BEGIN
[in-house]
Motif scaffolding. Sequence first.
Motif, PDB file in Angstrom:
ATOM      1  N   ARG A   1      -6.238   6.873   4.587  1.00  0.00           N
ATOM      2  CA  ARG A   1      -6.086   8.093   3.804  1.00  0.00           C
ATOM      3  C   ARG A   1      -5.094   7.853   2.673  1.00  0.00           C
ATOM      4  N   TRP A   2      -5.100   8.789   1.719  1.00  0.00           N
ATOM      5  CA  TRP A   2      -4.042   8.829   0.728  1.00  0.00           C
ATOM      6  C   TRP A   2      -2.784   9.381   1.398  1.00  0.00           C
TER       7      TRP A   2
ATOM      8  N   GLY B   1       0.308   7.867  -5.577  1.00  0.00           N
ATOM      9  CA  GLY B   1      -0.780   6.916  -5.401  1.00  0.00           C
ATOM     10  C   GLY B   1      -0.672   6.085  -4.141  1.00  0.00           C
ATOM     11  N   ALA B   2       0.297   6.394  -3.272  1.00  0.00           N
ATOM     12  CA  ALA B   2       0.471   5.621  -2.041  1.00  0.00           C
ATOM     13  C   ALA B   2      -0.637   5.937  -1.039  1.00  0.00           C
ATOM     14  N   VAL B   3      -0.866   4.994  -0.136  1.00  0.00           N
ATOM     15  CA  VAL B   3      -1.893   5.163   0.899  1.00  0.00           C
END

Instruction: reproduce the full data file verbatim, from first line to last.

[in-house]
Motif scaffolding. Sequence first.
Motif, PDB file in Angstrom:
ATOM      1  N   ARG A   1      -6.238   6.873   4.587  1.00  0.00           N
ATOM      2  CA  ARG A   1      -6.086   8.093   3.804  1.00  0.00           C
ATOM      3  C   ARG A   1      -5.094   7.853   2.673  1.00  0.00           C
ATOM      4  N   TRP A   2      -5.100   8.789   1.719  1.00  0.00           N
ATOM      5  CA  TRP A   2      -4.042   8.829   0.728  1.00  0.00           C
ATOM      6  C   TRP A   2      -2.784   9.381   1.398  1.00  0.00           C
TER       7      TRP A   2
ATOM      8  N   GLY B   1       0.308   7.867  -5.577  1.00  0.00           N
ATOM      9  CA  GLY B   1      -0.780   6.916  -5.401  1.00  0.00           C
ATOM     10  C   GLY B   1      -0.672   6.085  -4.141  1.00  0.00           C
ATOM     11  N   ALA B   2       0.297   6.394  -3.272  1.00  0.00           N
ATOM     12  CA  ALA B   2       0.471   5.621  -2.041  1.00  0.00           C
ATOM     13  C   ALA B   2      -0.637   5.937  -1.039  1.00  0.00           C
ATOM     14  N   VAL B   3      -0.866   4.994  -0.136  1.00  0.00           N
ATOM     15  CA  VAL B   3      -1.893   5.163   0.899  1.00  0.00           C